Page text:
Despite my well-known reservations regarding his prose, in particular his often-wooden dialogue, I will admit that I was intrigued by the vision Brandon Sanderson laid out for his fantasy writings, especially for his Mistborn milieu, which I consider to be his most entertaining in regards to setting, characters, and "magic system." When I reviewed those three novels back in 2007 and 2008, I had more positive things to praise than negative elements to critique. Yet changing the setting drastically, having virtually no characters in common with the first Mistborn trilogy, with technological levels approximating those of the late 19th century American West, is risky for those who may perhaps have wanted more of the same: more Mistborn/Misting duels, more magical pyrotechnics, more quasi-Manichaean struggles akin to the Preservation/Ruin conflict that spans the original three volumes. For the most part, Sanderson manages to strike a balance between preserving those elements that made the original trilogy an adventure-filled read while also introducing new characters and setting the stage for his planned second trilogy set on the world of Scadrial.
Set roughly 300 years after the events of The Hero of Ages, The Alloy of Law follows the duo of Waxillium Ladrian, a Twinborn (able to use one Allomanic power – Push – and one Feruchemic power – the ability to store or release weight through his "metalminds"), and his close friend Wayne, who also posesses Feruchemic healing powers. The story begins in the sparsely-settled west, known as the Roughs, with Wax and Wayne confronting a rogue who is holding a female companion of Wax's hostage. Things go awry and the lady is not saved, setting up the rationale for Wax's actions in the latter half of this roughly 320 page novel.
Sanderson attempts to show Wax's trauma over the shooting months after the event, yet there's a lack of depth to it, as though the hero must suffer for the villain's outmaneuvering of him. Take for instance this passage from the first chapter following the Prologue:
Though it had been five months since Lessie's death, he could still hear the gunshot, see the blood sprayed on the bricks. He had left the Roughs, moved back to the city, answering the desperate summons to do his duty to his house at his uncle's passing.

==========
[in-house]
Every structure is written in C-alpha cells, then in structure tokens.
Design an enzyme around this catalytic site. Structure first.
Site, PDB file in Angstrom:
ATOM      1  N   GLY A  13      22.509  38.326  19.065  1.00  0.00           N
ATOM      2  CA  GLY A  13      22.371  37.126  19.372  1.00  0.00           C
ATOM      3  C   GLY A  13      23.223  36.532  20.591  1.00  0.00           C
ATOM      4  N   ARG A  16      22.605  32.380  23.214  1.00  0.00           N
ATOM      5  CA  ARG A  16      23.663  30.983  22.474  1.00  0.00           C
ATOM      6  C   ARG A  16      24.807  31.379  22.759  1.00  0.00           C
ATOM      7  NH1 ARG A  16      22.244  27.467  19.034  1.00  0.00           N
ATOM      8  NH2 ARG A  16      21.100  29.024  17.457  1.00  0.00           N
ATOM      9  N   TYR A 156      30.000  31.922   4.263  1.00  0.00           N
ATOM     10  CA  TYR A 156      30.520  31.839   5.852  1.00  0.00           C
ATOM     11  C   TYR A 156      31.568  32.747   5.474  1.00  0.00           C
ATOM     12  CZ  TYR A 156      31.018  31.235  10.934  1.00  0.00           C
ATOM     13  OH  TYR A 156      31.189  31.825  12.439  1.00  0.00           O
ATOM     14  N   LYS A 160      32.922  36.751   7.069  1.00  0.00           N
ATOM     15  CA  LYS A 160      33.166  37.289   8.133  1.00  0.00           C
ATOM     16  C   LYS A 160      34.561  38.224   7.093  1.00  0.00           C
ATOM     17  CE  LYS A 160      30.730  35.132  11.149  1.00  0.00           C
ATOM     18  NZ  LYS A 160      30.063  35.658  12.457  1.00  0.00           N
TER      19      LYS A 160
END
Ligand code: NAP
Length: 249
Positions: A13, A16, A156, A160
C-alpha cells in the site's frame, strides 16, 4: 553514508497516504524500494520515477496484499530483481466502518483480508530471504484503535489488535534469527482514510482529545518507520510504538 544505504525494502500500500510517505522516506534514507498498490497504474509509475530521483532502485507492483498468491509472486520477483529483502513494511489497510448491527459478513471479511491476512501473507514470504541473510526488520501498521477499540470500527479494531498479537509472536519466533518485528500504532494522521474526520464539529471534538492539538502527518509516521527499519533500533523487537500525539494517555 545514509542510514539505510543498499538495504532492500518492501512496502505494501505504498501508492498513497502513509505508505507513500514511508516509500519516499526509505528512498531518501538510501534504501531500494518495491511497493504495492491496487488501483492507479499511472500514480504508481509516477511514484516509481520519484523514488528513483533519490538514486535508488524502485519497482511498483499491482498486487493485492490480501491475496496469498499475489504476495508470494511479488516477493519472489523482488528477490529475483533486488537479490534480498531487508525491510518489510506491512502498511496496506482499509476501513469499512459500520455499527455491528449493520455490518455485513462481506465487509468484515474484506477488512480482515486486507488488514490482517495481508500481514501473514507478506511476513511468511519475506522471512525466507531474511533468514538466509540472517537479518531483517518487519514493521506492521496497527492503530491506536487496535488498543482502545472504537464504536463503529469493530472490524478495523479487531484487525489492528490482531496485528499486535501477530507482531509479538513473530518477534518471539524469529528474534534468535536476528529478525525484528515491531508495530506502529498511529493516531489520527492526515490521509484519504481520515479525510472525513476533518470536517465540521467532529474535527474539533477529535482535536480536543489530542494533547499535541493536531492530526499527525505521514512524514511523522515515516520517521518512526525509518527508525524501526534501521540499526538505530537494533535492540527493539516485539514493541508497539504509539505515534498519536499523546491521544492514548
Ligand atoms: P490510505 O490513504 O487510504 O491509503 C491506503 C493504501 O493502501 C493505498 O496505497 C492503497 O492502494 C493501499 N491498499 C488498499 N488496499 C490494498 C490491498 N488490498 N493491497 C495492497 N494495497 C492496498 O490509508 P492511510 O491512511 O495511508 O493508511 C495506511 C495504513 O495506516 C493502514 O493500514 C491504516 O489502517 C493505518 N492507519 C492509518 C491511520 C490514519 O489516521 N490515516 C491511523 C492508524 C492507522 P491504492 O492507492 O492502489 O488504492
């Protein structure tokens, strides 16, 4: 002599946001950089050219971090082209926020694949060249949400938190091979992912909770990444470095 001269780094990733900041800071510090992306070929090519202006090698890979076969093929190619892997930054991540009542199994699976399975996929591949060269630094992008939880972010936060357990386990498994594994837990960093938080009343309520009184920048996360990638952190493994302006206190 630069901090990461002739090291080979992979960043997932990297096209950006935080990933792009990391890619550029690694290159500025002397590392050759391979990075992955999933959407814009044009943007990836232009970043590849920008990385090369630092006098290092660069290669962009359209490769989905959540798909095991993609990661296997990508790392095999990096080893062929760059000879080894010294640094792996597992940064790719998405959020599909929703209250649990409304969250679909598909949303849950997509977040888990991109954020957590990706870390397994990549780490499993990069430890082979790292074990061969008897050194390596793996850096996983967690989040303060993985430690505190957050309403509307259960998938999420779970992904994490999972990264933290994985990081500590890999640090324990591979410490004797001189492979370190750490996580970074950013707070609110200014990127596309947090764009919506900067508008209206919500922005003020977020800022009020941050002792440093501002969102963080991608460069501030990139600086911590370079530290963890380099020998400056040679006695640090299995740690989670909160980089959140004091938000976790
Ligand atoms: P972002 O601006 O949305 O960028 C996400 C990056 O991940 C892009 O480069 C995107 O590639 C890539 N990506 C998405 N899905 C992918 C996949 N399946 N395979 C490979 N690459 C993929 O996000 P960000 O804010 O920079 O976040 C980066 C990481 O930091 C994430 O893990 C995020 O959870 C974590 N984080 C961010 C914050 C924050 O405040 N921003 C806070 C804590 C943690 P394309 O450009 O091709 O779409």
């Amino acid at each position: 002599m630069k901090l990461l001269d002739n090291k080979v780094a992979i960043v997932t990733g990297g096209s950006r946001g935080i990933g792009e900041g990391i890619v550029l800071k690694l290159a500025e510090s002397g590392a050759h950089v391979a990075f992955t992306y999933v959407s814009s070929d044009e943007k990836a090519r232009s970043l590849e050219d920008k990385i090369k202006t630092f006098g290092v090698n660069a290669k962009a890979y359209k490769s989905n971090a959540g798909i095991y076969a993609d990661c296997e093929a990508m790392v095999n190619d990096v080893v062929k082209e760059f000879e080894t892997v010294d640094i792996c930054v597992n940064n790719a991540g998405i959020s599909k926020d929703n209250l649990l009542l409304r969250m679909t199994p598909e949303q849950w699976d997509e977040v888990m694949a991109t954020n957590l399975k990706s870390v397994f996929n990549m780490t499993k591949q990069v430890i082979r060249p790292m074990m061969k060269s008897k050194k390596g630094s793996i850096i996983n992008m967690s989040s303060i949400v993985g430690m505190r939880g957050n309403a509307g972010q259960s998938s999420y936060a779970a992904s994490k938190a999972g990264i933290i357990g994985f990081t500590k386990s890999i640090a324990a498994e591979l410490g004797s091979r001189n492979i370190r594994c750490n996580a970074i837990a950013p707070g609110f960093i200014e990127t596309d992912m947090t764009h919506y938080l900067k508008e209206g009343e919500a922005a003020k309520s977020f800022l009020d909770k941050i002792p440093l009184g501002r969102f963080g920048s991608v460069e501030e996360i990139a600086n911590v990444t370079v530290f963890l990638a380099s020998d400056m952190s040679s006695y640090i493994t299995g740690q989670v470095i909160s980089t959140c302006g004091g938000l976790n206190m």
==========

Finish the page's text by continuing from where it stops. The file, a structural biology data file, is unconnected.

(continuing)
Five months and a world away, and he could still hear that gunshot. Crisp, clean, like the sky cracking. (p. 28)
There is nothing "wrong" with that passage nor with the ones sprinkled throughout the first half of the narrative that alludes to Wax giving up his gun and trying to settle in as head of his noble house, but there is a sense that this emotion is but a surface detail, soon to be subsumed by the mysterious outbreak of violence and kidnappings directed toward those who are descendants of Mistborns. It is as though Sanderson needed a conflicted, reluctant hero, yet the rationale behind his reluctance is only sporadically explored, leaving the sense that Wax's motivations are not as strongly developed as they otherwise could be.
The second half of The Alloy of Law contains the fast-paced, adventure-filled elements that fans of the original series, particularly Mistborn itself, enjoyed most. The antagonist is perhaps the best-realized of Sanderson's villains in that his motives are clear, understandable, and easy to sympathize with, yet without ever truly blurring the line between what is "right" and what is "wrong." The almost-obligatory fight between the underdogs Wax and Wayne and this adversary is perhaps the best that Sanderson has written, as the action scenes flow seamlessly from locale to locale until the finale.
One does not read light, fast-paced duel novels for their depth of character or their sparkling prose (although such elements are always a plus when encountered). Those who have derided Sanderson for the seemingly simplicity of his characterizations and how he constructs their scenes and dialogues will doubtless find The Alloy of Law to be more of the same. Those who favor directness in action and narrative will find The Alloy of Law to be at least the equal of his other novels and perhaps his most enjoyable to read. Due to this novel being roughly 200 pages shorter than any of his previous non-YA fiction, The Alloy of Law is tighter, more compact, and yet it contains a surprisingly amount of revelations about the previous trilogy and a surprising hint at what is to come in his planned future trilogy. It is not by any means a "perfect" novel, but The Alloy of Law certainly is one of Sanderson's two best novels in terms of its action and that will be more than enough to sate the appetites of those who enjoyed his earlier Mistborn offerings.